Yanggendyinanyuk, Kennedy’s ancestor, was put into Ebenezer Mission in western Victoria after he returned from England. “(He was left) with no life, no ability to be able to do anything, no ability to earn any money, only earn enough to help the family survive. It’s just it’s an incredible thing,” said Kennedy.
For years, Kennedy and his family didn’t know when Yanggendyinanyuk died, because their ancestor had been mixed up with another Aboriginal man when the two were taken to hospital for treatment for measles. He died in 1886.
“A lot of the (Aboriginal cricket players), we don’t know where they were buried, their death wasn’t recorded and they weren’t given a proper burial, let alone a marker where they were buried,” Sangster said.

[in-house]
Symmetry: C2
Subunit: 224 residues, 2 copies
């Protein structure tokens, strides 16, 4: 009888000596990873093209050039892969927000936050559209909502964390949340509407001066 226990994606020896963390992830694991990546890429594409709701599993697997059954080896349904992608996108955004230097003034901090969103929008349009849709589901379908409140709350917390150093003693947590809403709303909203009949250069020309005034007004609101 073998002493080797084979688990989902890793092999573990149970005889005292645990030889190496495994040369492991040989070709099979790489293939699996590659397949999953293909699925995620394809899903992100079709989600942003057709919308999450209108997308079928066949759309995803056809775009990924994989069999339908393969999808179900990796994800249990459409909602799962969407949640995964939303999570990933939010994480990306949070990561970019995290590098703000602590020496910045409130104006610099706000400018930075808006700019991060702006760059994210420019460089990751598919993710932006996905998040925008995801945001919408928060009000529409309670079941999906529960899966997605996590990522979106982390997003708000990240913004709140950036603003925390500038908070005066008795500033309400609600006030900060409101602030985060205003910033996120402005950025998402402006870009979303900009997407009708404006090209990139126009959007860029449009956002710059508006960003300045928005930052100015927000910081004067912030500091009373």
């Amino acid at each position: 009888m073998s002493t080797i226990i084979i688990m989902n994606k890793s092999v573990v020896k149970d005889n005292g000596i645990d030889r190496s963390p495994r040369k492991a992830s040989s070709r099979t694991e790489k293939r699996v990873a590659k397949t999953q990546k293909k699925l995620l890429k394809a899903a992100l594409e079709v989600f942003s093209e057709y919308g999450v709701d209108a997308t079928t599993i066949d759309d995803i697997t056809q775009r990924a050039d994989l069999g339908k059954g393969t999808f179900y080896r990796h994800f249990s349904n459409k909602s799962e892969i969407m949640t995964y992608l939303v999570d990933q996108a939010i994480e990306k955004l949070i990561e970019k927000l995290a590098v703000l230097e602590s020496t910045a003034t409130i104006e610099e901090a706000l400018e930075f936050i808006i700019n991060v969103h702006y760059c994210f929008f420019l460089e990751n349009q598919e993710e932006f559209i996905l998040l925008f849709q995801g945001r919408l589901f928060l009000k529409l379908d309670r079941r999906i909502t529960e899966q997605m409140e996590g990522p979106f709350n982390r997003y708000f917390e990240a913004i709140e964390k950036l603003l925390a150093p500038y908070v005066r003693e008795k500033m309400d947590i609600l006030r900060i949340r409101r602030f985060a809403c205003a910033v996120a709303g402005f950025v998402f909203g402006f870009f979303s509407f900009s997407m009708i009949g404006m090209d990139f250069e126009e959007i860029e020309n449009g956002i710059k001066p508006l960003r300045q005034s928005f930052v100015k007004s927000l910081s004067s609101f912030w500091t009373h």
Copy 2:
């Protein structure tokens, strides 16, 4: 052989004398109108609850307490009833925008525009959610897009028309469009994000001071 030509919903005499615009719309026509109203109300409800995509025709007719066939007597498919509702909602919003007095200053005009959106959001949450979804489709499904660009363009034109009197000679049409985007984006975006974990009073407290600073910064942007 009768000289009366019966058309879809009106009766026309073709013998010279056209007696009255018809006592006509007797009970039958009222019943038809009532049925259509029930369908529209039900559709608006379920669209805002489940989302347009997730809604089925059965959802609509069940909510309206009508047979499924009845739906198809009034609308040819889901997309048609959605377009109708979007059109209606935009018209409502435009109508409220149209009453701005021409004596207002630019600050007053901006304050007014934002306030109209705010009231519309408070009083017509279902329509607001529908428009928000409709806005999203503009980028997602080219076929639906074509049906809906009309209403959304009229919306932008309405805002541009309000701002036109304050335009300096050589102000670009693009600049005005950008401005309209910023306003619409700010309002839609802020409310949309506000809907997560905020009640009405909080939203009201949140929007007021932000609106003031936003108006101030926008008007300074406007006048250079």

Kennedy said that, growing up, his ancestor’s remarkable journey had just been a story that no one really believed. But as he got older, and discussing his Aboriginal heritage was no longer a taboo, he discovered what happened to Yanggendyinanyuk. He said the story of his ancestor was one of great tragedy, resilience and pride.
“You’ve lost your lands, you’ve lost your culture, earlier you would have been seeing family getting killed … To survive that, to adjust to a new culture, yeah it’s remarkable story,” he said.
Bamblett said while the story of the 1868 cricket team was sometimes seen as one of exploitation, to him and generations of young Aboriginal men and women, all the players were “heroic figures.”